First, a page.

A woman holds a child who is being examined for malnutrition by health workers in South Sudan.

A fight against the spread of hunger is underway across East Africa, where 32.9 million people are experiencing a complex hunger crisis driven by conflict, the economic impacts of the global pandemic, swarms of desert locusts, and extreme weather conditions.

According to the United Nations, at least 5.3 million people in Ethiopia, South Sudan, and Sudan are living under “emergency” conditions, with the threat of acute malnutrition and death. In South Sudan, 105,000 are living under “catastrophic” levels of food insecurity.

By air, land, and sea, World Vision teams are delivering emergency food supplies across the region—an area so vast it equates to more than half the size of the United States—in a race to feed hungry families living in some of the most dangerous and isolated places on earth.

“We are marshaling resources to support vulnerable communities across East Africa to avert the catastrophic effects of hunger and loss of livelihoods,” says Joseph Kamara, regional humanitarian and emergency affairs director for World Vision in East Africa. “We are particularly concerned about the impact on children.

A health care worker wearing a brown vest screens a young child for severe malnutrition in South Sudan.
Elizabeth, a mother in South Sudan, consulted a World Vision health worker because her child’s health was deteriorating. The armband shows red, indicating her son, Ocan, was severely malnourished. (© 2021 World Vision/photo by Scovia Faida Charles)

The hunger crisis has exacted a heavy toll on the region’s youngest. Over 10 million children in East Africa are wasted, meaning they’re too thin for their height. Among them is 2-year-old Ocan of South Sudan, whose life has hung in the balance more than once.

“It has been a year and my child still suffers from malnutrition due to the dire situation caused by poverty, the COVID-19 pandemic, and now the hunger crisis,” says his mother, Elizabeth. “My [two other] children succumbed to anemia last year. One was twin brother to Ocan, who is now 2 years [old]but can barely walk due to poor health.”

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Two-year-old Ocan is among 424 severely malnourished children being treated with ready-to-use therapeutic food in South Sudan. (©2021 World Vision/photo by Scovia Faida Charles)

After receiving nutritional care from World Vision, Ocan started his recovery. “Two weeks ago, Ocan’s condition was upgraded. My son moved from severe to moderately malnourished,” Elizabeth says. “The [therapeutic food] is doing great work in his body. He was able to play with his friends.”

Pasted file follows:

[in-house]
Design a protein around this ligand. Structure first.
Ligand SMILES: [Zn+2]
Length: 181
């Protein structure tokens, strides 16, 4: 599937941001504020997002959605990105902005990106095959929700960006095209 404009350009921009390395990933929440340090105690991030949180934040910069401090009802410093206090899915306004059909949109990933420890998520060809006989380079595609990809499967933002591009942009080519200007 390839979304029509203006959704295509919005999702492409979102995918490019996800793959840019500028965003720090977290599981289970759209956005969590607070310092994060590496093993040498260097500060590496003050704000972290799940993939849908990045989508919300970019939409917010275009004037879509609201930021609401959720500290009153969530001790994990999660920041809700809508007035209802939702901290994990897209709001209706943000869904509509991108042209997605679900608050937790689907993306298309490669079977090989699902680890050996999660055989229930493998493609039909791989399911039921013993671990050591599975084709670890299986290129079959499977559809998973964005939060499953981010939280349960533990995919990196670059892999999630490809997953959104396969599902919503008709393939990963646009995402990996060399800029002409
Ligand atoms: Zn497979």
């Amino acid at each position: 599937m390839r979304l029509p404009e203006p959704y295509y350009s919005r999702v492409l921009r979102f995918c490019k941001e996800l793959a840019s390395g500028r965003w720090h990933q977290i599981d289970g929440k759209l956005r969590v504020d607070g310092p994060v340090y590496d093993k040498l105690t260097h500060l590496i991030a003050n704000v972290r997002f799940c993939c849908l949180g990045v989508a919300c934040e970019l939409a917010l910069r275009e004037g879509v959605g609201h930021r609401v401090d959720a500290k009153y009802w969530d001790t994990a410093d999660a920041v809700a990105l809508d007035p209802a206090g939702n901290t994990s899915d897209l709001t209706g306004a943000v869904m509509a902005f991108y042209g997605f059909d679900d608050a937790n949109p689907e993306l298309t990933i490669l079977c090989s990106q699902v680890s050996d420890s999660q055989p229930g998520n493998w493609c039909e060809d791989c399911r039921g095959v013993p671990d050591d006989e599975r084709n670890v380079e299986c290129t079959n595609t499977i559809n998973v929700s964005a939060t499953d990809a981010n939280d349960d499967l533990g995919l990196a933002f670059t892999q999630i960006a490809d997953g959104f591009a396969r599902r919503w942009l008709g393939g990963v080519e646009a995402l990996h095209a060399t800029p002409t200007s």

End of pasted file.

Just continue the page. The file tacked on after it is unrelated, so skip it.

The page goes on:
World Vision is already at work in East Africa and has decades of experience helping hungry children in crisis.

“It’s heartbreaking that the lives of millions of children in East Africa are at risk due to a perfect storm of conflict, changing or unpredictable weather patterns, and the secondary effects of COVID-19,” says Edgar Sandoval Sr., president and CEO of World Vision U.S. “The long-term harm of malnutrition on children’s development hinders their ability to achieve their God-given potential.”

We’ve launched an emergency response to help feed 7.1 million people, including 3.4 million children, across six affected countries—supplying families with nutritional care and screening children and pregnant mothers for malnutrition.

A woman holds her a malnourished boy as he eats from a package of therapeutic food in South Sudan.
After receiving nutritional care from World Vision, Ocan started his recovery. “Two weeks ago, Ocan’s condition was upgraded. My son moved from severe to moderately malnourished,” Elizabeth says. “The [therapeutic food] is doing great work in his body. He was able to play with his friends.” Three servings a day for eight weeks can save the life of a starving child. (© 2021 World Vision/photo by Scovia Faida Charles)

Conflict aggravates hunger crisis

In Ethiopia, a food security analysis issued in July 2021 for the northern region of Tigray and neighboring areas showed that 4.4 million people faced high levels of acute food insecurity, with about 400,000 already facing “catastrophic” conditions.

Even before conflict erupted in this region in November 2020, families struggled with decimated crops, food shortages, inflated food and fuel prices, and an overburdened healthcare system due to recurrent drought, desert locusts, and the spread of COVID-19.

“World Vision Ethiopia asks for your prayers and support at this difficult and challenging time, as we accompany the children of Ethiopia during the crisis,” says National Director Edward Brown.